HealthDay News — During the early phase of the pandemic, there was a decrease in new inflammatory arthritis diagnoses, according to a study published online Nov. 3 in The Lancet Rheumatology.
Mark D. Russell, M.B., B.Chir., from King’s College London, and colleagues examined the incidence of inflammatory arthritis diagnoses recorded in primary care, time to first rheumatology assessment, time to first prescription of a disease-modifying antirheumatic drug (DMARD) in primary care, and choice of first DMARD among 17,683,500 adults registered with general practices in England.
The researchers identified 31,280 incident inflammatory arthritis diagnoses recorded between April 1, 2019, and March 31, 2022. In the year commencing April 2020, new inflammatory arthritis diagnoses decreased by 20.3 percent relative to the preceding year (5.1 versus 6.4 per 10,000 adults). During the pandemic, the median time to first rheumatology assessment was shorter than before (18 versus 21 days). There was a similar proportion of patients prescribed DMARDs in primary care before and during the pandemic; however, fewer patients were prescribed methotrexate or leflunomide and more were prescribed sulfasalazine or hydroxychloroquine during the pandemic.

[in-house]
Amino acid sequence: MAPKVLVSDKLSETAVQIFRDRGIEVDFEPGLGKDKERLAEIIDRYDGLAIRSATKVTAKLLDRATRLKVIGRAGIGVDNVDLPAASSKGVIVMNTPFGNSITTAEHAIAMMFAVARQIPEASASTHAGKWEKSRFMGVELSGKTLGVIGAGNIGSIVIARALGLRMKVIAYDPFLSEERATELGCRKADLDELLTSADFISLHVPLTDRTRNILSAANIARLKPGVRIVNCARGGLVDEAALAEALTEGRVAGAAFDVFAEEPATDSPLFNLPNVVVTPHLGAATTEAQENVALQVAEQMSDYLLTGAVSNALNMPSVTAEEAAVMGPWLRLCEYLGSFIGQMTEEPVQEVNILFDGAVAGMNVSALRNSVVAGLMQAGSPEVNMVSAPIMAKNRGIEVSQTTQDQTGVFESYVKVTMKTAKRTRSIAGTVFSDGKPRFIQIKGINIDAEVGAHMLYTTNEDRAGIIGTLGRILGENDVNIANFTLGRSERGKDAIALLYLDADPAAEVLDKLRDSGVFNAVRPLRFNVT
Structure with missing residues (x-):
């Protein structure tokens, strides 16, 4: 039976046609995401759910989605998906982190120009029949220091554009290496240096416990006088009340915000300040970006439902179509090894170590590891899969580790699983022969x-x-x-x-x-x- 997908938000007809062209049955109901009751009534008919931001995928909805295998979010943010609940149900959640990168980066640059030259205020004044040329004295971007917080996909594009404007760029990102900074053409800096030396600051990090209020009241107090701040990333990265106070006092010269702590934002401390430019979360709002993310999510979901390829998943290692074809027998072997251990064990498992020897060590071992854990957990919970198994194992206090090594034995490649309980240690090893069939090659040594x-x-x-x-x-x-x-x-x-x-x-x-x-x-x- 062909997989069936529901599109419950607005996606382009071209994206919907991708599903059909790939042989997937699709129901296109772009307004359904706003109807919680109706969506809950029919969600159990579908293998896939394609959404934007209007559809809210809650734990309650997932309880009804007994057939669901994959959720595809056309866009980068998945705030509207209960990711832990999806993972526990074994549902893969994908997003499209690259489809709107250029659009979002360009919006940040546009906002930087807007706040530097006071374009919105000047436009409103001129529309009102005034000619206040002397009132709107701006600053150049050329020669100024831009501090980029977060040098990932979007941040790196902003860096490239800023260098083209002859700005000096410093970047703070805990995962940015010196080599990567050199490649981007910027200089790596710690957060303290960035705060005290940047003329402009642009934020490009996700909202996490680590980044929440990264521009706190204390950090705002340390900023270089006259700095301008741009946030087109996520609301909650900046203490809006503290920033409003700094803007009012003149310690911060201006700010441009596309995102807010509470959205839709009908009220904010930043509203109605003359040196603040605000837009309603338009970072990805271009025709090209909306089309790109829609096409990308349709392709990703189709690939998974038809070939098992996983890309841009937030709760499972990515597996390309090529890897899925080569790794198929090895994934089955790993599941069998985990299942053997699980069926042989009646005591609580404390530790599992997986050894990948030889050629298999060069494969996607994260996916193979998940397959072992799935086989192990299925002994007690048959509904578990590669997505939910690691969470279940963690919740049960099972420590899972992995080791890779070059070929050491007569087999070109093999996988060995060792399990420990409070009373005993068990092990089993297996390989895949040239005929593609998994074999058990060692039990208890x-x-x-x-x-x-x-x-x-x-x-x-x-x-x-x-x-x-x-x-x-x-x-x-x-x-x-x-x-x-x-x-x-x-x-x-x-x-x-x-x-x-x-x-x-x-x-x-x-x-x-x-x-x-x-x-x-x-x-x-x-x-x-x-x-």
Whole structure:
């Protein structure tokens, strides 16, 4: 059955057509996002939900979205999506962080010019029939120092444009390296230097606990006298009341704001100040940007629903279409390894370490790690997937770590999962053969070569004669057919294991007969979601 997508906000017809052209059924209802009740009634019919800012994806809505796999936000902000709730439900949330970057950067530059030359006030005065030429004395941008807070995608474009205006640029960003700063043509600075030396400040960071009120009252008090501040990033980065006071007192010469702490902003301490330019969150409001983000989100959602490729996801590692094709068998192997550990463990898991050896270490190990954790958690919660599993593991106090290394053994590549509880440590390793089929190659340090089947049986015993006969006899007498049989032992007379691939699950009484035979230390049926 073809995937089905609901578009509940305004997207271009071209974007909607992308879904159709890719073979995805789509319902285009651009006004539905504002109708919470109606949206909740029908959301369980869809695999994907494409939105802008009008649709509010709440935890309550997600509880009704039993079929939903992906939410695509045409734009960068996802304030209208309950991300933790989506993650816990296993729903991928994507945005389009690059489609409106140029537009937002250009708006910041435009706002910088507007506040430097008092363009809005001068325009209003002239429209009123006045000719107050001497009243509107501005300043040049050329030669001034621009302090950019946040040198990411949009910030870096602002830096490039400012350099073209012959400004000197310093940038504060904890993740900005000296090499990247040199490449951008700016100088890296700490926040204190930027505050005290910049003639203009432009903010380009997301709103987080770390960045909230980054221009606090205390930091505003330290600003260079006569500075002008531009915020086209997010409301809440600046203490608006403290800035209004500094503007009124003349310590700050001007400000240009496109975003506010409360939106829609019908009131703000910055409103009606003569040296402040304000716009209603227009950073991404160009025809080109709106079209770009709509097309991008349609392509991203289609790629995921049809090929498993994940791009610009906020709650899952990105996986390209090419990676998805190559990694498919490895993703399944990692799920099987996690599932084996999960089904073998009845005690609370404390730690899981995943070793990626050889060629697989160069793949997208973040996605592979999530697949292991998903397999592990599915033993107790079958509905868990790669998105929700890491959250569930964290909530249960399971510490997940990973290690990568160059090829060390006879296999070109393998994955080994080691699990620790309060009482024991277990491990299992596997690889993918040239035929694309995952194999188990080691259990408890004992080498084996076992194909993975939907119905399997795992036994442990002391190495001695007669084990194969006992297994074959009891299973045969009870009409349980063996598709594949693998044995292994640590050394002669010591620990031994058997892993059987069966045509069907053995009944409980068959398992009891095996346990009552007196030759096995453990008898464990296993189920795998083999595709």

“This study highlights that there are likely to be people with joint pain and swelling who remain undiagnosed as a consequence of the pandemic,” Russell said in a statement. “It is important to speak to a doctor if you have these symptoms, as early diagnosis and treatment of conditions such as rheumatoid arthritis greatly improves outcomes for patients and increases the likelihood of disease remission.”
Several authors disclosed financial ties to the pharmaceutical industry, including Pfizer, which provided a grant for partial funding of the study.